Agility and confidence through decoupling
With so many features and so many underlying capabilities, a clear delineation of responsibilities has been important in order to build a system that is possible to reason about. Otherwise managing the complexity might have become an issue.
The Jamstack makes use of such services via APIs and can be a fast-track to shipping projects with confidence. But that is not to say that choosing a Jamstack architecture means only using third party APIs. At its heart, Jamstack promotes a model of decoupling frontend from backend services, and it is this decoupling that can yield excellent agility and confidence.
Lunch Money is a great example of using both first-party and third-party services harmoniously via their APIs, decoupled from a user interface that can then also be iterated quickly. Consider the diagram above. We see three cleanly decoupled areas of concern, each with its own focussed development workflow and hosting solution:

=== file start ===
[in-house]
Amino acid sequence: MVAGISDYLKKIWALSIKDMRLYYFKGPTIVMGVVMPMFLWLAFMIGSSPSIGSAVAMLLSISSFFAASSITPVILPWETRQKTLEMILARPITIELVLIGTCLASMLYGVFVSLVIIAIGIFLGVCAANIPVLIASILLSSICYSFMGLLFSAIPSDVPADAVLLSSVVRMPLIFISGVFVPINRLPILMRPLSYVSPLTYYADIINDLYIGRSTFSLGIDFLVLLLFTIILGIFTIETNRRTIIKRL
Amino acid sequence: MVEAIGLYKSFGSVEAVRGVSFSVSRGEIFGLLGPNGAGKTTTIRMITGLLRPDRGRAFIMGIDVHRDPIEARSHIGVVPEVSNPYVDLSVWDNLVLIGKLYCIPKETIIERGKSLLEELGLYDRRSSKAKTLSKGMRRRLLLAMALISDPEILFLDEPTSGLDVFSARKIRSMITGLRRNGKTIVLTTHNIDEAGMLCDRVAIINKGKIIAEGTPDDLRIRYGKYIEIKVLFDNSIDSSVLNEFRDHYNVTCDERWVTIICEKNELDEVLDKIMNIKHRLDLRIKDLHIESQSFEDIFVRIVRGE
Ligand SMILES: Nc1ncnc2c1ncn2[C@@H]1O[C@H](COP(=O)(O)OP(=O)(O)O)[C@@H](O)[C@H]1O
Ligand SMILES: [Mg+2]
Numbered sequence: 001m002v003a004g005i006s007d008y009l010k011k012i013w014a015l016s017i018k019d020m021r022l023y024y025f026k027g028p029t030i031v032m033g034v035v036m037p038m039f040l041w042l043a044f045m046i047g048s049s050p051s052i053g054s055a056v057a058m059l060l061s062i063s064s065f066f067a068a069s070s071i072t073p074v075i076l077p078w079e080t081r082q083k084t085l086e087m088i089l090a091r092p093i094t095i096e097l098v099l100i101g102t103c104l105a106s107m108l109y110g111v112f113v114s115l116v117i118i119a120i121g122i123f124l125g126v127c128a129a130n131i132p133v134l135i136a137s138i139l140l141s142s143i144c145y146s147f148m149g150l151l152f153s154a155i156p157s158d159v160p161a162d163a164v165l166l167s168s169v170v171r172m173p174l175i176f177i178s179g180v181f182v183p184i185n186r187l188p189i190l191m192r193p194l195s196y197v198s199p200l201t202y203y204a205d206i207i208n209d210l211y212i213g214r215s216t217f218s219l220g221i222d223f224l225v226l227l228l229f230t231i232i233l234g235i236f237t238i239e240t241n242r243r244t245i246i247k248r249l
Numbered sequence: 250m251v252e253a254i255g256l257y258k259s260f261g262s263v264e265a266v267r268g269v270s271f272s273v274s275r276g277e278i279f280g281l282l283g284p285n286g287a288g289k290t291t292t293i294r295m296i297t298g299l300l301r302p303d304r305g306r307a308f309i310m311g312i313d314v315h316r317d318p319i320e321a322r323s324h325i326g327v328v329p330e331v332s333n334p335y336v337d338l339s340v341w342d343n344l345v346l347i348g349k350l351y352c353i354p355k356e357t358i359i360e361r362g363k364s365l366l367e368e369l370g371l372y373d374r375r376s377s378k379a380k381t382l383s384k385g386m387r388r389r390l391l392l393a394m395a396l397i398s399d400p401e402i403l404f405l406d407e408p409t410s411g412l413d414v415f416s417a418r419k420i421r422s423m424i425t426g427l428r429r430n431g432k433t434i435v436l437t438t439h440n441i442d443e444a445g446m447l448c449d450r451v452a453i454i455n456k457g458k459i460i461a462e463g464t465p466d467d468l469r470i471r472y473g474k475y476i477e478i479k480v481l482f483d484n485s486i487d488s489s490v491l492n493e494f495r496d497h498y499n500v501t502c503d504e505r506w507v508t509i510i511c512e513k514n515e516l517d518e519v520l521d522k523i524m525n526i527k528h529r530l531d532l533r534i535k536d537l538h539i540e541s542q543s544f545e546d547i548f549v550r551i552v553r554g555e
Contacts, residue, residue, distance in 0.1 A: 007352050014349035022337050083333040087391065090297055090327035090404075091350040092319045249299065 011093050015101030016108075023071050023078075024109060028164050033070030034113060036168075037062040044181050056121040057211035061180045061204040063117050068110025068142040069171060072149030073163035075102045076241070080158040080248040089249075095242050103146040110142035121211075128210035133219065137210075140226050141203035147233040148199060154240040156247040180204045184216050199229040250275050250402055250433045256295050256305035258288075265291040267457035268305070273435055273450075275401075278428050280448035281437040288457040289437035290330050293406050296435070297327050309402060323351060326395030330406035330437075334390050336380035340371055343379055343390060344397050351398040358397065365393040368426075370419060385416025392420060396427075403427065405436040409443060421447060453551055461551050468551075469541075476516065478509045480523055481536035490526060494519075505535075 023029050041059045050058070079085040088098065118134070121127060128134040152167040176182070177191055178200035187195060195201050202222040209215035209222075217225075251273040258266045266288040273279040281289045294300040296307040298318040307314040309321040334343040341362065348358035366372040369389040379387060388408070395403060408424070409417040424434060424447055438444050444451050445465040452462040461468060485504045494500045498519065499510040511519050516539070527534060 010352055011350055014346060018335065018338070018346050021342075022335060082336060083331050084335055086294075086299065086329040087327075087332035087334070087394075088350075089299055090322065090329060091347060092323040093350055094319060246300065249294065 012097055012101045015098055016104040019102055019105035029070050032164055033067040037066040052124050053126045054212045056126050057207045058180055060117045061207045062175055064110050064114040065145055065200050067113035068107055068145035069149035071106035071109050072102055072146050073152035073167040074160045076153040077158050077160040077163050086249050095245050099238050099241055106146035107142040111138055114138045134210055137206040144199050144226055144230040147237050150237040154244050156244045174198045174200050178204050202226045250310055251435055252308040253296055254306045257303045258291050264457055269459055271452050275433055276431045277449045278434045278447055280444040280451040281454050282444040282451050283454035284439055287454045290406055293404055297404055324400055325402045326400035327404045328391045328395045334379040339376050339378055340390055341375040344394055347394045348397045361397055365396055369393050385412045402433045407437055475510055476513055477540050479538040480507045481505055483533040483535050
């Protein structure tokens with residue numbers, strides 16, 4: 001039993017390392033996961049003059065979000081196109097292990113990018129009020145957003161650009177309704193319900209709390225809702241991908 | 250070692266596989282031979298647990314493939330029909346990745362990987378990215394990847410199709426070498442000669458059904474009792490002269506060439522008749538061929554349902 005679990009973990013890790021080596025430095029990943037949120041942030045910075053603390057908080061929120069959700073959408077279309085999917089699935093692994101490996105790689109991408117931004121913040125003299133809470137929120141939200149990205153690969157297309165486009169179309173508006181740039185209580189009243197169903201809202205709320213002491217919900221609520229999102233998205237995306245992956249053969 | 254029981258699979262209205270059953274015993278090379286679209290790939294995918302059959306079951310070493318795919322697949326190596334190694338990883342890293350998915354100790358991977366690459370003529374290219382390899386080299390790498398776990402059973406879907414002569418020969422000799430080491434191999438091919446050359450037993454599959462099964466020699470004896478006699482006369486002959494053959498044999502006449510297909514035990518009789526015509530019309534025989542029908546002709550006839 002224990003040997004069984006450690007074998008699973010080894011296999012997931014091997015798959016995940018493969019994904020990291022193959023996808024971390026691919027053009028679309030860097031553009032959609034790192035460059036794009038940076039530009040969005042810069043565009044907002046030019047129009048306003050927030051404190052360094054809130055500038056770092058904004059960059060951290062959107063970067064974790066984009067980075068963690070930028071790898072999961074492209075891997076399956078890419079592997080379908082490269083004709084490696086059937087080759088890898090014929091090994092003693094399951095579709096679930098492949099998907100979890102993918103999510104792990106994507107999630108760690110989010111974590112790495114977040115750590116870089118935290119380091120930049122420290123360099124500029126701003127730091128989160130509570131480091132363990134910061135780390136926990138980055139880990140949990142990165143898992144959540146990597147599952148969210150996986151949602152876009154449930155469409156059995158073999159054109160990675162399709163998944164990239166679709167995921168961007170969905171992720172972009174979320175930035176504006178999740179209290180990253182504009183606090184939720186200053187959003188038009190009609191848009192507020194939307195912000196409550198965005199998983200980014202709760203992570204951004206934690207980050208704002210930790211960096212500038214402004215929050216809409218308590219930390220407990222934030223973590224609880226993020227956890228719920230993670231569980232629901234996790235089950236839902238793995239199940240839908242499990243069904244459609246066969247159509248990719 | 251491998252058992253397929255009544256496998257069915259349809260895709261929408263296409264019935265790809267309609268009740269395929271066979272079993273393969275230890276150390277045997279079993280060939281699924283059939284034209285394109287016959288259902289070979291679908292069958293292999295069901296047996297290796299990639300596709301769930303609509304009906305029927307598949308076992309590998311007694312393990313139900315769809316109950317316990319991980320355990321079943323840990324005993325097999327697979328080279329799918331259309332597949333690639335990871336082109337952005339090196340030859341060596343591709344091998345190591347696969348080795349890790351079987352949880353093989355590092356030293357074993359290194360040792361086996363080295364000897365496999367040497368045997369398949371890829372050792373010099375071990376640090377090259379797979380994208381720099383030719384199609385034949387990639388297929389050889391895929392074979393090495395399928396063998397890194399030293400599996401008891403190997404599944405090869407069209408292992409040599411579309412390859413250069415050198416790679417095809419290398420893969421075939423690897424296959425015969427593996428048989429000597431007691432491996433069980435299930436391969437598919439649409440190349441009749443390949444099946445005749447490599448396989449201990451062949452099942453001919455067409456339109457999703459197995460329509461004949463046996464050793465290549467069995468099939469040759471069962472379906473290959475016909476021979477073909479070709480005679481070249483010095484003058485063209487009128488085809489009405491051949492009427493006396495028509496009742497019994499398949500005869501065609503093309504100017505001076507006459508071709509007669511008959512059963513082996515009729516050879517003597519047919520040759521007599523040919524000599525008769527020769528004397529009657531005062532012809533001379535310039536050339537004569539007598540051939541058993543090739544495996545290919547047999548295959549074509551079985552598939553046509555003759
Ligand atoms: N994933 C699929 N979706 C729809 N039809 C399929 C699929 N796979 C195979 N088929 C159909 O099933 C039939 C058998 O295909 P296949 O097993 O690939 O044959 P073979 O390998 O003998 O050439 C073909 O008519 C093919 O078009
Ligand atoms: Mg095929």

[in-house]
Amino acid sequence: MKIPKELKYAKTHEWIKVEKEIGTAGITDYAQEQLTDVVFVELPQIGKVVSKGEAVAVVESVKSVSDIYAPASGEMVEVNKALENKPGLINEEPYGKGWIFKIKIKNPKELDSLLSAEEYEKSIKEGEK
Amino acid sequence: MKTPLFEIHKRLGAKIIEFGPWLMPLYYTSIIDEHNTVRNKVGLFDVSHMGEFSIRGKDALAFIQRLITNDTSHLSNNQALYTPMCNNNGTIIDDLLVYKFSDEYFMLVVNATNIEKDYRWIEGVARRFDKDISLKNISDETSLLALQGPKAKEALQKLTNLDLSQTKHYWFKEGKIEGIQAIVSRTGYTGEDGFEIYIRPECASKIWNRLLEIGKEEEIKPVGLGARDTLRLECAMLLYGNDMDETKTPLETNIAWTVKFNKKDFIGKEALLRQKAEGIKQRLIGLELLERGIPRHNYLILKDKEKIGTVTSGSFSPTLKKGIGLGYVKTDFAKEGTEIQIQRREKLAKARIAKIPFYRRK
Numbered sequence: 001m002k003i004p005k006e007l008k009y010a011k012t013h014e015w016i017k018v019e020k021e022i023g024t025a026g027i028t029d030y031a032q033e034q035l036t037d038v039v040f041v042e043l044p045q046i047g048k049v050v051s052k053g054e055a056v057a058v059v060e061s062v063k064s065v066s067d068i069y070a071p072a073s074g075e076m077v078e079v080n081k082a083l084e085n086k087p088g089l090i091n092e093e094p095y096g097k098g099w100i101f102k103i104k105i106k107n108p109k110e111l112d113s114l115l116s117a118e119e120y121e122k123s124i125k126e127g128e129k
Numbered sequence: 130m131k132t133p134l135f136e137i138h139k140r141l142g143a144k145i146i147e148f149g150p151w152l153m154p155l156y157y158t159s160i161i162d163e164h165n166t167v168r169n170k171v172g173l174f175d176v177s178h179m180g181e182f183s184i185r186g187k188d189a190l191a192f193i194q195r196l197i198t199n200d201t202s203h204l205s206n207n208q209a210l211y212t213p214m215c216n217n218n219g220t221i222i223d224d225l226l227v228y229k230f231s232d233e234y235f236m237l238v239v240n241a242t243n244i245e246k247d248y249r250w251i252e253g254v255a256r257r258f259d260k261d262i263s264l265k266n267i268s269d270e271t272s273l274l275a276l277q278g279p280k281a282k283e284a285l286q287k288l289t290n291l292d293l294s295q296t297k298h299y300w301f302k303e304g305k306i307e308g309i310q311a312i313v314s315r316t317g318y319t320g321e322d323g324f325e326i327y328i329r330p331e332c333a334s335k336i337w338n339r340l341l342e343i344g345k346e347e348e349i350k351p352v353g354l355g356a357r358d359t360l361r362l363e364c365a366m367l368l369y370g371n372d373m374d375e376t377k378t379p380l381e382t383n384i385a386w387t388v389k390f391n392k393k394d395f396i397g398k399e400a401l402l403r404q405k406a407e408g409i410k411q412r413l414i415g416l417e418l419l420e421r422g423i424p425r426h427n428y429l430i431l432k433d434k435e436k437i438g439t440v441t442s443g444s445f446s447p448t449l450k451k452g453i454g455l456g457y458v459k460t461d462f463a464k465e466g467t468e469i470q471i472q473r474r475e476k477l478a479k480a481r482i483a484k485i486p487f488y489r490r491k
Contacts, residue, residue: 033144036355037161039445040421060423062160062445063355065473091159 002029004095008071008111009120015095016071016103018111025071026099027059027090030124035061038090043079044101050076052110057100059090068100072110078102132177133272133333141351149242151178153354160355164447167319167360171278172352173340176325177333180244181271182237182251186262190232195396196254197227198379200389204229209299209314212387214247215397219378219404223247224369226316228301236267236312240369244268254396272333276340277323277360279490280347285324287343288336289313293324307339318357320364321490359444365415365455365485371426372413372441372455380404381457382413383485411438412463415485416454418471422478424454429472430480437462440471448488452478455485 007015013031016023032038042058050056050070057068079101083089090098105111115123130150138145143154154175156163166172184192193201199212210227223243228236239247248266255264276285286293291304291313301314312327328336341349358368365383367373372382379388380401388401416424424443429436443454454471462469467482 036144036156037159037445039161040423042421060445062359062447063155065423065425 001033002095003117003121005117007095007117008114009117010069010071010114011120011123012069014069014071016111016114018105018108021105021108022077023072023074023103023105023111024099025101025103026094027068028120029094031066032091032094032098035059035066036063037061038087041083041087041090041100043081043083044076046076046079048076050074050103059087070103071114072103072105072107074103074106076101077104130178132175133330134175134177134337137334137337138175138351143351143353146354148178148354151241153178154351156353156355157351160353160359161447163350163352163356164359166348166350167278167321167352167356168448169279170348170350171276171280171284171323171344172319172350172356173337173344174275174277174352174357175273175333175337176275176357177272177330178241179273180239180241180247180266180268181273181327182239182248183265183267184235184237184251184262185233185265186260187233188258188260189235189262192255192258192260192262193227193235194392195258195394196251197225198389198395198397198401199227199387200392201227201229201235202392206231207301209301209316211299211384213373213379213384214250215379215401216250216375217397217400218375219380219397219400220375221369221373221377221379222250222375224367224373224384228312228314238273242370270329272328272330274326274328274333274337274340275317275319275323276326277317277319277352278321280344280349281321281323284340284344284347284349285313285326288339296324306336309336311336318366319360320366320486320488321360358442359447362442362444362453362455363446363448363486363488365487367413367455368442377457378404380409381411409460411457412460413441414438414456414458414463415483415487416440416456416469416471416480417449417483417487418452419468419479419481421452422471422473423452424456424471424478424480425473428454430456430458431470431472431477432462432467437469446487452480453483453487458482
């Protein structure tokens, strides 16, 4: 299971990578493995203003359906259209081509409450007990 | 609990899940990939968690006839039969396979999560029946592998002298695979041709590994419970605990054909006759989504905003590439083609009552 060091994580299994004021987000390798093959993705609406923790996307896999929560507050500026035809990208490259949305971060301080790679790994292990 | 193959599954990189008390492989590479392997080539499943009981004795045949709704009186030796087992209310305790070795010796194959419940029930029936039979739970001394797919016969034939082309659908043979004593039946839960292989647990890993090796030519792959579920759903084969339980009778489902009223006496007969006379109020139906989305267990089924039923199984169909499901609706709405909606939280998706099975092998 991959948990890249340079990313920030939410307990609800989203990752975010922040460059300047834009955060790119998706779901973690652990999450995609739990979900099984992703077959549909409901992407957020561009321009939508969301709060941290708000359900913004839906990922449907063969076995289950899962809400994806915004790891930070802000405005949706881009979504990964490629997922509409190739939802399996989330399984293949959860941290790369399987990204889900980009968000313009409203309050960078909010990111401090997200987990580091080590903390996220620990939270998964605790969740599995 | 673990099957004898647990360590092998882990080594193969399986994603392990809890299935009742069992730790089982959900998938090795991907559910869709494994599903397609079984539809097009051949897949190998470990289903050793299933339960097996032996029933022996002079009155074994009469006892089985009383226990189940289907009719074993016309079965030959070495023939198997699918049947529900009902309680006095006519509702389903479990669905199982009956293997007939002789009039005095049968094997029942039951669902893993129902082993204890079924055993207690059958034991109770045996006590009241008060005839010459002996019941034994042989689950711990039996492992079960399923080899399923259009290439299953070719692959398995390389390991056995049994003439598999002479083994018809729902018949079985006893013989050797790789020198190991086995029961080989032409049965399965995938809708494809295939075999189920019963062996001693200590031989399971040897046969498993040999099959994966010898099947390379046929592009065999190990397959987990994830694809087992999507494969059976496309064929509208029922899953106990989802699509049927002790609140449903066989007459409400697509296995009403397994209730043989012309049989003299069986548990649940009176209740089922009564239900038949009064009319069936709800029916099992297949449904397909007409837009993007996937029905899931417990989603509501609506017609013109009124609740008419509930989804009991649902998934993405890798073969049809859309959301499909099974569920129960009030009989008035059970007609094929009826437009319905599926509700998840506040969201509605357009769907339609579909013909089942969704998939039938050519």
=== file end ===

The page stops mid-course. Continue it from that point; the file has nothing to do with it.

- User interface – With CI/CD and hosting from Netlify
- Lunch Money services and APIs – Managed and hosted on Heroku
- Third-party tools and services – Managed and maintained as commodities by external providers
Lunch Money leverages both commoditized services and bespoke systems which contain the product’s business logic and competitive differentiation. It demonstrates nicely that taking a Jamstack approach does not mean abdicating all responsibilities to third party services, but rather, to leverage what makes sense, and, to build what increases value.
The decoupling is key.
The Lunch Money development work is mainly focussed around three code repositories: